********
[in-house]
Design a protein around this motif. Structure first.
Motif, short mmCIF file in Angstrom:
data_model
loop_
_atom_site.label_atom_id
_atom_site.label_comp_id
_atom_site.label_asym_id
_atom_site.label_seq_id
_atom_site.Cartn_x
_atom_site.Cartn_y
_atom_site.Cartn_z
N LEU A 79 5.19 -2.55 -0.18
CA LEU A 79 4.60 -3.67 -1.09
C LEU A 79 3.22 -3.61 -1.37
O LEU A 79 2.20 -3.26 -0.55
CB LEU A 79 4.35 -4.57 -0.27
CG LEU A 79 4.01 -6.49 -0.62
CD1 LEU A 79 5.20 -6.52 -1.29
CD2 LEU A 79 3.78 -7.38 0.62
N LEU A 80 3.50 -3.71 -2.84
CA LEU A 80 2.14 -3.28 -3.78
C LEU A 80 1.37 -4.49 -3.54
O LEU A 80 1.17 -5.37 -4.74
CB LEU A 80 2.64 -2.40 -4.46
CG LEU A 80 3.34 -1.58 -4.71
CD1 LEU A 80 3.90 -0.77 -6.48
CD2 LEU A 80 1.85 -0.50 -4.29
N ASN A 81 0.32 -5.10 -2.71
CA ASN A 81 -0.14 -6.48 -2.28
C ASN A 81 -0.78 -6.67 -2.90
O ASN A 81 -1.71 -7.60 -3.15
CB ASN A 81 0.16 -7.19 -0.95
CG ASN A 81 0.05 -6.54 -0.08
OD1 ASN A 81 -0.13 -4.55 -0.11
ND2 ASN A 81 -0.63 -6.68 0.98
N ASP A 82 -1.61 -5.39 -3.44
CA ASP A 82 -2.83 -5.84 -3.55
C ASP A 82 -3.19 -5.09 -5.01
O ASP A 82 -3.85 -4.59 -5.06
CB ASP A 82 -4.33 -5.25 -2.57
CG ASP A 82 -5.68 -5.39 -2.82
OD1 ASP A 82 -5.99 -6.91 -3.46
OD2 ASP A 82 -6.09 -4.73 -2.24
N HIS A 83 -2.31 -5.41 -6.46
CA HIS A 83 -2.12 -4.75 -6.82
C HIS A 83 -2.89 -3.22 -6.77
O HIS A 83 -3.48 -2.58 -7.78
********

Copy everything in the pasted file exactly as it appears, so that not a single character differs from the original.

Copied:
[in-house]
Design a protein around this motif. Structure first.
Motif, short mmCIF file in Angstrom:
data_model
loop_
_atom_site.label_atom_id
_atom_site.label_comp_id
_atom_site.label_asym_id
_atom_site.label_seq_id
_atom_site.Cartn_x
_atom_site.Cartn_y
_atom_site.Cartn_z
N LEU A 79 5.19 -2.55 -0.18
CA LEU A 79 4.60 -3.67 -1.09
C LEU A 79 3.22 -3.61 -1.37
O LEU A 79 2.20 -3.26 -0.55
CB LEU A 79 4.35 -4.57 -0.27
CG LEU A 79 4.01 -6.49 -0.62
CD1 LEU A 79 5.20 -6.52 -1.29
CD2 LEU A 79 3.78 -7.38 0.62
N LEU A 80 3.50 -3.71 -2.84
CA LEU A 80 2.14 -3.28 -3.78
C LEU A 80 1.37 -4.49 -3.54
O LEU A 80 1.17 -5.37 -4.74
CB LEU A 80 2.64 -2.40 -4.46
CG LEU A 80 3.34 -1.58 -4.71
CD1 LEU A 80 3.90 -0.77 -6.48
CD2 LEU A 80 1.85 -0.50 -4.29
N ASN A 81 0.32 -5.10 -2.71
CA ASN A 81 -0.14 -6.48 -2.28
C ASN A 81 -0.78 -6.67 -2.90
O ASN A 81 -1.71 -7.60 -3.15
CB ASN A 81 0.16 -7.19 -0.95
CG ASN A 81 0.05 -6.54 -0.08
OD1 ASN A 81 -0.13 -4.55 -0.11
ND2 ASN A 81 -0.63 -6.68 0.98
N ASP A 82 -1.61 -5.39 -3.44
CA ASP A 82 -2.83 -5.84 -3.55
C ASP A 82 -3.19 -5.09 -5.01
O ASP A 82 -3.85 -4.59 -5.06
CB ASP A 82 -4.33 -5.25 -2.57
CG ASP A 82 -5.68 -5.39 -2.82
OD1 ASP A 82 -5.99 -6.91 -3.46
OD2 ASP A 82 -6.09 -4.73 -2.24
N HIS A 83 -2.31 -5.41 -6.46
CA HIS A 83 -2.12 -4.75 -6.82
C HIS A 83 -2.89 -3.22 -6.77
O HIS A 83 -3.48 -2.58 -7.78